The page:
How this pharmacist's refugee experience turned her into an activist

The pharmacy co-owner has come a long way since fleeing Cambodia

Pharmacist Veronica Nou can’t say for sure where she was born.

Veronica Nou
Veronica Nou. Photo: Matt King

Her family were fleeing Cambodia after it became clear their lives were in danger after the Vietnamese occupation.

“Technically speaking, I don’t know when or where I was born,” says the proprietor of two Sydney pharmacies.

“I was born in the middle of my parents trying to get away from Cambodia to Thailand in 1980.”

By the time Ms Nou and her parents fled, nearly every one of the 70 people in her extended family had been killed by the Khmer Rouge.

On her mother’s side, only her grandmother, an aunt and uncle survived. Together they fled for a refugee camp in Thailand.

Ms Nou’s father was a trainee neurosurgeon who had to hide his identity during the Khmer Rouge occupation, as the family were well-known supporters of the previous government.

When the Vietnamese took over, he was “lulled into a false sense of security” and began training others to help treat the overwhelming number of people in need for urgent medical care.

His efforts were not appreciated by the Vietnamese regime. Each member of her father’s staff was assigned a soldier, who was ordered to follow them around at all times. One day, the soldiers received orders to execute their charges.

Ms Nou’s father was not there at the time, and the family managed to flee.

They eventually reached Australia via New Zealand, but they were living in abject poverty, even after Ms Nou’s father successfully repeated his medical training and became a GP.

They moved to Sydney in 1991. Ms Nou’s father practised from home, and the family all slept in a single bedroom.

Ms Nou’s academic prowess earned her a scholarship at a private girl’s school, although the family were still “incredibly dirt poor”,
she says.

“In four years of going to that school, I literally never changed my school shoes. I wore the same shoes from year 7 to year 10. We just couldn’t afford to change them,” she recalls.

But over time things improved.

Ms Nou now co-owns the Morris Care & Advice Pharmacy in Oxley Park and is sole proprietor of the Colyton Centre Pharmacy
in Colyton.

But she is acutely aware that not all refugees have a doctor for a father and get to enjoy the same opportunities she did.

So when comments about Nauru and “queue jumper” asylum-seekers started popping up on the news feed of her pharmacy’s Facebook page, she felt compelled to respond.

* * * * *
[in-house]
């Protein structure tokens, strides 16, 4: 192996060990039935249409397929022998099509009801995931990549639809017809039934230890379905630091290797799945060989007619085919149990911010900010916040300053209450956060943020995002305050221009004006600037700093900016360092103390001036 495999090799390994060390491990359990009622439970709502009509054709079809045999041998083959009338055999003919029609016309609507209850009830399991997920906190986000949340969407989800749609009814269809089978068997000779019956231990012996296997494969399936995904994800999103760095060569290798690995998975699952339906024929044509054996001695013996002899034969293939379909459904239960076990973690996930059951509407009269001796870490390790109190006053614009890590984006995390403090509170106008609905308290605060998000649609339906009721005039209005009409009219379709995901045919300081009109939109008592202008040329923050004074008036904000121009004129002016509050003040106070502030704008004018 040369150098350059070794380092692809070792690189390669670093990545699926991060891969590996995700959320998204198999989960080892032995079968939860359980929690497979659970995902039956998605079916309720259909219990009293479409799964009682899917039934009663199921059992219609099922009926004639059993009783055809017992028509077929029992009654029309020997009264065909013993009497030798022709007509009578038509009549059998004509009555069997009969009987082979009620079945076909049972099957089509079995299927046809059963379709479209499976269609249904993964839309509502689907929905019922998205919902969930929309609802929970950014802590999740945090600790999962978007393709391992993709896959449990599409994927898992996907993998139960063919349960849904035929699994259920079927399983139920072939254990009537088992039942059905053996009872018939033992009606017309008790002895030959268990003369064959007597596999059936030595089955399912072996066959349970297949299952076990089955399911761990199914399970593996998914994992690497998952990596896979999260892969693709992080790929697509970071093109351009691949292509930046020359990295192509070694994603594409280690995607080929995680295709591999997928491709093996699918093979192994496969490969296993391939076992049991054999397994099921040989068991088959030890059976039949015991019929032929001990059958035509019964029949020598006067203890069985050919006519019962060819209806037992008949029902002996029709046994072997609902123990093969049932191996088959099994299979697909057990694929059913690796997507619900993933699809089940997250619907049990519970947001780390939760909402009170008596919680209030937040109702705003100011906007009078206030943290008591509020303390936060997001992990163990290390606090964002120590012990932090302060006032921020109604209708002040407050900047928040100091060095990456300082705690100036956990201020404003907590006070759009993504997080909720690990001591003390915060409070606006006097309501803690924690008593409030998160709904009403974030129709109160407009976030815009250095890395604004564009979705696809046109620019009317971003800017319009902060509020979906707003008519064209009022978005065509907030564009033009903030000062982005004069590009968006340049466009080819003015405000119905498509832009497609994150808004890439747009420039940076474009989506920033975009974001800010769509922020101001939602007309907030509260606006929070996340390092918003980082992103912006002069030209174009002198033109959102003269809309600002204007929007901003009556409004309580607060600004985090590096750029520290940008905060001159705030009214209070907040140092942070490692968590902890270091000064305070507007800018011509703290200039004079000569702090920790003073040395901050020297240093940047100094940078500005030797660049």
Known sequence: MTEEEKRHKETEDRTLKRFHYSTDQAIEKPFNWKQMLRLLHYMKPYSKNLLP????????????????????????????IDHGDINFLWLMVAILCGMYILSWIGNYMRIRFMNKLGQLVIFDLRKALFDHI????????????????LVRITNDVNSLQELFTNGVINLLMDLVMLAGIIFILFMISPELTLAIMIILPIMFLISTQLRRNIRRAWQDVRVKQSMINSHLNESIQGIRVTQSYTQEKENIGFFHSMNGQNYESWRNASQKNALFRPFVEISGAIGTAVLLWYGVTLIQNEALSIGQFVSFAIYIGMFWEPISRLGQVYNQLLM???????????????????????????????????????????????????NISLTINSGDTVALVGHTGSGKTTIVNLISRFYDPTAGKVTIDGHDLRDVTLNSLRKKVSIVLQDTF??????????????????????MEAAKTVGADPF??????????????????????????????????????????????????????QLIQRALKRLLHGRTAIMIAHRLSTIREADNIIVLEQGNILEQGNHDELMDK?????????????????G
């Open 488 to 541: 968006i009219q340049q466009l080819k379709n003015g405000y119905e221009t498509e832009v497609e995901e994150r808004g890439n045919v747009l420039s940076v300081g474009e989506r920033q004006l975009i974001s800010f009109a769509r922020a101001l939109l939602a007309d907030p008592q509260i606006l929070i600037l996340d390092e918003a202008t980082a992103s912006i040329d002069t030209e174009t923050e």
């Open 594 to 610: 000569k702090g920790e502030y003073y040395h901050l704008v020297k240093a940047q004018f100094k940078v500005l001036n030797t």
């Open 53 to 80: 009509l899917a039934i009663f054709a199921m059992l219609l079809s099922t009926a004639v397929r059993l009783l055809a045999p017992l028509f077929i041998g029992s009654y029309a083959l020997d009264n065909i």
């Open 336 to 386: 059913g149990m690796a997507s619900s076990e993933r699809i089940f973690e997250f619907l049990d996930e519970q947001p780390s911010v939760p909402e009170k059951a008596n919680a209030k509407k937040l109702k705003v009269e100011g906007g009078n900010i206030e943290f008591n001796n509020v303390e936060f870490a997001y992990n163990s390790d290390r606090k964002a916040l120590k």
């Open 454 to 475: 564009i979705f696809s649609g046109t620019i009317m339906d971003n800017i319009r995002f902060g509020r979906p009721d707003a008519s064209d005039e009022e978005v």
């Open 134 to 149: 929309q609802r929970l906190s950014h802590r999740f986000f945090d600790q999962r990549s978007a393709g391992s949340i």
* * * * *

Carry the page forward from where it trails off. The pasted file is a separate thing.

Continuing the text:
“It bothers me to hear things that are said which I know to be blatantly false.”

Ms Nou received some backlash, with some people online accusing her of hating Christians and trying to “bring terrorists into the country”.

Some threatened to call the pharmacy “and let your boss know what you are up to”.

“I’d say, ‘yes, go ahead, here is the phone number, be my guest.’”

But Ms Nou does not confine her activism to social media.

She now spends at least two hours a day providing practical help as a national convenor for Mums 4 Refugees, which sprang up from a playgroup where the mums just wanted to do some good.

They started by inviting parents from a refugee background to come along and practise their English.

The group now has more than 38,000 Facebook members. Working groups in capital cities and regional areas provide practical help to refugees, such as furniture and food vouchers and information on public transport. Members also lobby for political change, such as getting kids on Nauru out of detention.

An important part of Ms Nou’s work is spreading the message that refugees are not a threat and supporting them is the best way to promote harmony.

Her pharmacy has also donated to the Season4Justice campaign run by Mums 4 Refugees over the last two Christmas–New Year periods.

Each campaign raised around $140,000 to help fund lawyers from law firm the National Justice Project, who take legal action to get the Federal Government to review decisions involving detainees, says Ms Nou.

“It looks like we will be doing it a third year running; the difference they have made is truly invaluable.

“It’s amazing the number of cases that don’t need to even go into court. Literally, you’ll be at the door of the courthouse and they’ll give
in. But you have to take them that far and that’s expensive.”

The case that helped drive the first Season4Justice campaign, and one that particularly affected Ms Nou, involved a boy who broke his arm in detention. Legal action was needed to secure his transport to Australia to have plates inserted.

“A year later, his hand had become deformed; he couldn’t flex fingers,” says Ms Nou.

A second court case was necessary to ensure the plates were removed, despite clinical practice dictating this should be done around six months after surgery.